I Laughed When My Mother Warned Me About DWC in NJ
By DWC, I mean “driving while conversing.” In New Jersey, you see, talking on a non-hands-free cell phone while driving an automobile is a ticketable offense. Apparently, South Kingstown Senator V. Susan Sosnowski thinks that’s a swell idea:
Citing the many dangers associated with talking on a cell phone while driving, Senator V. Susan Sosnowski has again introduced legislation that would prohibit drivers from using a non-hands-free cell phone while operating a motor vehicle.
“Talking on a cell phone while driving is just plain dangerous, and is the cause of thousands of car accidents a year,” said Senator Sosnowski (D-Dist. 37, New Shoreham, South Kingstown). “Unless we prohibit this practice, innocent people will continue to be injured or killed on our roadways.”
The bill (2007 – S0094) would make exceptions for public safety personnel, such as firefighters, police officers and ambulance operators. Also, any motorist who needs to make an emergency phone call to a 911 operator, hospital, physician’s office or health clinic, fire department, police department or ambulance company would be allowed to do so under Senator Sosnowski’s legislation.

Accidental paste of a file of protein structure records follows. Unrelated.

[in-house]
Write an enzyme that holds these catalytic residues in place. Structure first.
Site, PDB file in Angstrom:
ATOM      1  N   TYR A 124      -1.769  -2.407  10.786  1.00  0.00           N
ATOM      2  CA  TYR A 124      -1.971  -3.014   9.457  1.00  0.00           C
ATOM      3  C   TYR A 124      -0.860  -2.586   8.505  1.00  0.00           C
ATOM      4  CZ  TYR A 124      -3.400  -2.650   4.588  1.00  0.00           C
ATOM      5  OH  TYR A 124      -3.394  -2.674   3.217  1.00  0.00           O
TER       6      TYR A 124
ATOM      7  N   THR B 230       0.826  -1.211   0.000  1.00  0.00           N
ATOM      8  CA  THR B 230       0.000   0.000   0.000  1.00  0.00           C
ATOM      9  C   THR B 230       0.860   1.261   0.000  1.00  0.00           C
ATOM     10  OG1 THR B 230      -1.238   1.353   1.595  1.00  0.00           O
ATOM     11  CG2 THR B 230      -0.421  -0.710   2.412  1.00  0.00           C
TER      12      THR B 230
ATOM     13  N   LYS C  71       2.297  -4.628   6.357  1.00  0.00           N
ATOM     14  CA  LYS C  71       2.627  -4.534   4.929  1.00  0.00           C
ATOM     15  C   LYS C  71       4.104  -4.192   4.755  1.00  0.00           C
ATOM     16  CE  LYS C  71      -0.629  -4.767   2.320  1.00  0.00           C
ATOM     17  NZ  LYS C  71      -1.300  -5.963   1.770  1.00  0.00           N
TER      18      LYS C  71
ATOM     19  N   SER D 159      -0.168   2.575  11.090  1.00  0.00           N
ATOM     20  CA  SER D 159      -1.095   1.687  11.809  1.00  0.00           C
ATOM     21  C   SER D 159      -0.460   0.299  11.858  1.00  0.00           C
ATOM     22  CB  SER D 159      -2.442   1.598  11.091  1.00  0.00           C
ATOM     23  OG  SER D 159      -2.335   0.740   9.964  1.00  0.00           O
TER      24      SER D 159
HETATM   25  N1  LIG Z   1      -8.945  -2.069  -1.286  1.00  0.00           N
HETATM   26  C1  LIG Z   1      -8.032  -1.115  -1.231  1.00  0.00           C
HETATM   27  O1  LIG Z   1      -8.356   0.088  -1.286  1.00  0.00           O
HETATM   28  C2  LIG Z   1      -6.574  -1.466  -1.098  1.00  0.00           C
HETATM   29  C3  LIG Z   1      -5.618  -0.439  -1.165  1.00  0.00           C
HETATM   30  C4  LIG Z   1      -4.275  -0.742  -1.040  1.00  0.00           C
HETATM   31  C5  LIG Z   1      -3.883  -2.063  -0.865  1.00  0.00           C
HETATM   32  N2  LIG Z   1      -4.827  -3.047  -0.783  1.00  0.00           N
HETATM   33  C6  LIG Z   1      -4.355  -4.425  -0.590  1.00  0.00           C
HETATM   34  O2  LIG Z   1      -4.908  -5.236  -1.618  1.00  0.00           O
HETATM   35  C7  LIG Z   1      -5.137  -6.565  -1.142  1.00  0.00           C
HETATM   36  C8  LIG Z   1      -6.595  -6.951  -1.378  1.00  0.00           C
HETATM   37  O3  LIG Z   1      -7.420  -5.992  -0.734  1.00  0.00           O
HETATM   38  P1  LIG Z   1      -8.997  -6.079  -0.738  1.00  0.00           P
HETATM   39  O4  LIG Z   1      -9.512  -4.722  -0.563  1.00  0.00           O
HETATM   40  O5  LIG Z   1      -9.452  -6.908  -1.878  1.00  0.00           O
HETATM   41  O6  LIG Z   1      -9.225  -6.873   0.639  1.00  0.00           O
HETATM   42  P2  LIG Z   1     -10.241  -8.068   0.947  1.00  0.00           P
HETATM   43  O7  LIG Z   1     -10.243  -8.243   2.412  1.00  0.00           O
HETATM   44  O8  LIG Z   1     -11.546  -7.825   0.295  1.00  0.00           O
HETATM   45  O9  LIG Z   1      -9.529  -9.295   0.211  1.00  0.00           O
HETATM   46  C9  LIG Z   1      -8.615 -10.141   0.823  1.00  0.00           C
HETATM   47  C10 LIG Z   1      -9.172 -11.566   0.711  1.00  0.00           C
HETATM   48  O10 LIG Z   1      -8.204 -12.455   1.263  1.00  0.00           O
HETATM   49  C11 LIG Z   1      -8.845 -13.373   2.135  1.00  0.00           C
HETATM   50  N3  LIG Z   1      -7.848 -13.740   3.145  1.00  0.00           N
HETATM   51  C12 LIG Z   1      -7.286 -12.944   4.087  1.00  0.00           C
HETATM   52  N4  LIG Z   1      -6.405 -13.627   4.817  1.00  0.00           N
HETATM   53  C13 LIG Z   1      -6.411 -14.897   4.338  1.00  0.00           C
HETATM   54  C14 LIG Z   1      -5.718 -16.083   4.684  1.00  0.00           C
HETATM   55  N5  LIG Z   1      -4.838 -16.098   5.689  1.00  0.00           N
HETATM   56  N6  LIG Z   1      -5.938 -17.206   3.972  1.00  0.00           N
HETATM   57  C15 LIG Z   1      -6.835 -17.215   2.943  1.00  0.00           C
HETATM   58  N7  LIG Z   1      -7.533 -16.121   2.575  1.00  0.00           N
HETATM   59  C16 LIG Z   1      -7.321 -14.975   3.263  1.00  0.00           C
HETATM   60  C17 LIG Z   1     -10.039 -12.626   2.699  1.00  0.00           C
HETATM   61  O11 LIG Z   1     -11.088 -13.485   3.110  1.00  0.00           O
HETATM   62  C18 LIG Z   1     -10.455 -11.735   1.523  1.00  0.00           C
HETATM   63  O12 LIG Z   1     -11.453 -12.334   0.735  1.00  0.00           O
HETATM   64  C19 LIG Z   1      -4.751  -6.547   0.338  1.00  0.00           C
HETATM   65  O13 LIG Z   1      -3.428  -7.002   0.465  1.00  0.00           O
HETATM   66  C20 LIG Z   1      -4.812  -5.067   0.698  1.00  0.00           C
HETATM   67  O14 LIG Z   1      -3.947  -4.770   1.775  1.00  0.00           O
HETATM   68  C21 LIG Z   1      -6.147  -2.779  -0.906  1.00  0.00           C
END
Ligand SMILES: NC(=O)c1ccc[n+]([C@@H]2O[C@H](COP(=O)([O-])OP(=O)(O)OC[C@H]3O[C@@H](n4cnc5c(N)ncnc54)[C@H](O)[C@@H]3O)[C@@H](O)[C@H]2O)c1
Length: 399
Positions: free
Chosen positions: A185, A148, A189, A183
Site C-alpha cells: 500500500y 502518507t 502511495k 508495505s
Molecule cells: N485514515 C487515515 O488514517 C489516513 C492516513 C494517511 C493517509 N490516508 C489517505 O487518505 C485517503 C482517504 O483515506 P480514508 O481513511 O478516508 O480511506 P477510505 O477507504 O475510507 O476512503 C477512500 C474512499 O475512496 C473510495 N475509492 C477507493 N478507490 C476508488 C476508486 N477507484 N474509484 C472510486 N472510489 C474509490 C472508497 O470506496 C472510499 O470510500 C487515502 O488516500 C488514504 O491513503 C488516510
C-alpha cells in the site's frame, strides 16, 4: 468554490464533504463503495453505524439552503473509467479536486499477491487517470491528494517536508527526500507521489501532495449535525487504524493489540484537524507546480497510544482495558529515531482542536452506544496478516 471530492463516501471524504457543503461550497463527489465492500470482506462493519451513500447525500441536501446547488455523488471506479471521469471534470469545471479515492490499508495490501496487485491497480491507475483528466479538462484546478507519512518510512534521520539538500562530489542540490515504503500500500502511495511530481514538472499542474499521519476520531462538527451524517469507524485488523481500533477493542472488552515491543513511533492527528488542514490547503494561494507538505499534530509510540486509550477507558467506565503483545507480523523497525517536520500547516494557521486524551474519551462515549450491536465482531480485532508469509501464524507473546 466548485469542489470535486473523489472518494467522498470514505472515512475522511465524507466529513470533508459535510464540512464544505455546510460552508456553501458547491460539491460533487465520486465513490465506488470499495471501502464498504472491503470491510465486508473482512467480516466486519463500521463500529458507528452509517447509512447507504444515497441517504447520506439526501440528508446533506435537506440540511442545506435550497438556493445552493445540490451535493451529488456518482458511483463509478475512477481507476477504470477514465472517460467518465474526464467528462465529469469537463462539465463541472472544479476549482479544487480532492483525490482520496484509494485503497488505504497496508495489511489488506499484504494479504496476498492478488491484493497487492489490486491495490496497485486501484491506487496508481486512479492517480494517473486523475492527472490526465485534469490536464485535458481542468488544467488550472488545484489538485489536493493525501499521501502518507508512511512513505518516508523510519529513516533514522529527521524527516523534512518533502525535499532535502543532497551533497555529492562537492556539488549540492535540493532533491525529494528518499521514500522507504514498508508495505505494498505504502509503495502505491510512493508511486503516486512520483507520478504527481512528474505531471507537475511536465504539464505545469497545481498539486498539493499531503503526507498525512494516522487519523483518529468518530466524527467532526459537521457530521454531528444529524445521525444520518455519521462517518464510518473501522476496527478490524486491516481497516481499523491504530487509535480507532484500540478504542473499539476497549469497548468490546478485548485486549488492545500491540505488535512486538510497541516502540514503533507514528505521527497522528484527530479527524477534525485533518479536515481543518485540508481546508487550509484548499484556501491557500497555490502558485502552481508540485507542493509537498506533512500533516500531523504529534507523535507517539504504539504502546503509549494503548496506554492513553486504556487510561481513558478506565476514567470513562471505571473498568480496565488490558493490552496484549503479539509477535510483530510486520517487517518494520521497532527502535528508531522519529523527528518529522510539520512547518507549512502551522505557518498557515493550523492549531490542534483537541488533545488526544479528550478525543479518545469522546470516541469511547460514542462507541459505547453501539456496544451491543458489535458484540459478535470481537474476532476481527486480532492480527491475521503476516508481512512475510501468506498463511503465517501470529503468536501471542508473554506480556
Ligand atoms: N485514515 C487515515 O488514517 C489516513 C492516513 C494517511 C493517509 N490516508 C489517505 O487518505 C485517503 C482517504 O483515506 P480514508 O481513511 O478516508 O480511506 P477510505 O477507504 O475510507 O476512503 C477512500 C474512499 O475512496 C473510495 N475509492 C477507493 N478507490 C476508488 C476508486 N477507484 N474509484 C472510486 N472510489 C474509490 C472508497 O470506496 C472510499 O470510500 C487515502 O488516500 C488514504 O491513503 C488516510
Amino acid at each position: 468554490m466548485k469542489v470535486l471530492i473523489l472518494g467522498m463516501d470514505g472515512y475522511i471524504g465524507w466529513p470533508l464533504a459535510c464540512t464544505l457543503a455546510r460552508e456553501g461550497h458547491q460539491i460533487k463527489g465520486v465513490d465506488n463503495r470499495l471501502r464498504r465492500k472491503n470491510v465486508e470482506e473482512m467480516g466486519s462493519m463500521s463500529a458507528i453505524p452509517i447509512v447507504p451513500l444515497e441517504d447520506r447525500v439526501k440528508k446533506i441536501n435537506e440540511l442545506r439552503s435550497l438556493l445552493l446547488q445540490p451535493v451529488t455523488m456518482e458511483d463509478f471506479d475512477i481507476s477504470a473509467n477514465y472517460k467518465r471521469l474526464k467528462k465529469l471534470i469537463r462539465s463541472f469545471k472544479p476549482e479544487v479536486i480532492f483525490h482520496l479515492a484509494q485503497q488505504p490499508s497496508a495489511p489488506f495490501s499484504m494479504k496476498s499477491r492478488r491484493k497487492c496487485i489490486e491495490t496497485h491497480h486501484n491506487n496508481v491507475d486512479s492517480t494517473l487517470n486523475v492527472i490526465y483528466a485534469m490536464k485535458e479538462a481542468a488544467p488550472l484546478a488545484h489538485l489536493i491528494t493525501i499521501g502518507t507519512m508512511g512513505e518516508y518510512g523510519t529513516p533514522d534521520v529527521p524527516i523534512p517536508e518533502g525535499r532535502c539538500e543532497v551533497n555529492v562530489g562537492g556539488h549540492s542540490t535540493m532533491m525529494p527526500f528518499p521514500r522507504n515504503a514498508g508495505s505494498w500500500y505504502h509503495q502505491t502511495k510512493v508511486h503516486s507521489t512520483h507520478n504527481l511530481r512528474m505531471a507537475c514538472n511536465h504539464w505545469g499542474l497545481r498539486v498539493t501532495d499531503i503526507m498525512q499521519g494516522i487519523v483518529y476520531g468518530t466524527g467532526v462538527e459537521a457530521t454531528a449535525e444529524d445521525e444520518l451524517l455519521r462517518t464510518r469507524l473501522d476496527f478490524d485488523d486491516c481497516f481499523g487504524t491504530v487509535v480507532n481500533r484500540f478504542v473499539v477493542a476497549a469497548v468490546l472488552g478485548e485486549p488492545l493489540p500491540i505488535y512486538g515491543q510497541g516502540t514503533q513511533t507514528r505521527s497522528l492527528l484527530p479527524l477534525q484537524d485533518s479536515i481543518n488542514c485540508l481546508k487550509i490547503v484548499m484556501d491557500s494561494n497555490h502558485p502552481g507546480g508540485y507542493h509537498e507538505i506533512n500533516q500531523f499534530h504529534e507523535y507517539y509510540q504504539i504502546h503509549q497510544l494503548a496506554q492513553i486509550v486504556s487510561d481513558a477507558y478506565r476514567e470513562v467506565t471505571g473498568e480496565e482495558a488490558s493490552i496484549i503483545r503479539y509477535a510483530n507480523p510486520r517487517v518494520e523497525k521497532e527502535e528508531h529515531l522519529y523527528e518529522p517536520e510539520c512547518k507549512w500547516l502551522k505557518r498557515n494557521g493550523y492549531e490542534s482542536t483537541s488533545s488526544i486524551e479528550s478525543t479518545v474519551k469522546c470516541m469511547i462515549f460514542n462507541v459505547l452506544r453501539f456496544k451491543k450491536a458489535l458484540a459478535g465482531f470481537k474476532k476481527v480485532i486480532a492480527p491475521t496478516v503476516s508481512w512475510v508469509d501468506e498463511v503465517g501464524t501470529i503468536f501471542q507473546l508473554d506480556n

Any individual charged with using a cell phone while operating a motor vehicle could be fined up to $100. However, the fine will be waived for a first time violator if he or she obtains a hands-free accessory for the phone.
I haven’t time to look into the vaguely referenced “recent University of Utah study” that represents the sole evidence that such a law is needed, but I wonder: How much have accidents increased since the widespread use of cell phones? And how much will forbidding actual conversations help when such things as dialing are not covered by the law?
I also wonder whether I’ll have to go to the Supreme Court to find out whether I can check my email on the phone. On the one hand, the legislation (PDF) provides:
An operator of a motor vehicle who holds a hand-held mobile telephone to, or in the immediate proximity of, his or her ear while such vehicle is in motion is presumed to be engaging in a call within the meaning of this section.
On the other hand, the proposed language includes this catch-all:
Except as otherwise provided in this section, no person shall engage in any activity not related to the actual operation of a motor vehicle in a manner that interferes with the safe operation of such vehicle on any highway.
So much for disciplining the kids to “pipe down back there.”
Readers may notice that this post is the first under the brand new topic “Under the Government’s Wing,” which I’ve increasingly desired, now that I’m receiving RI state legislature press releases.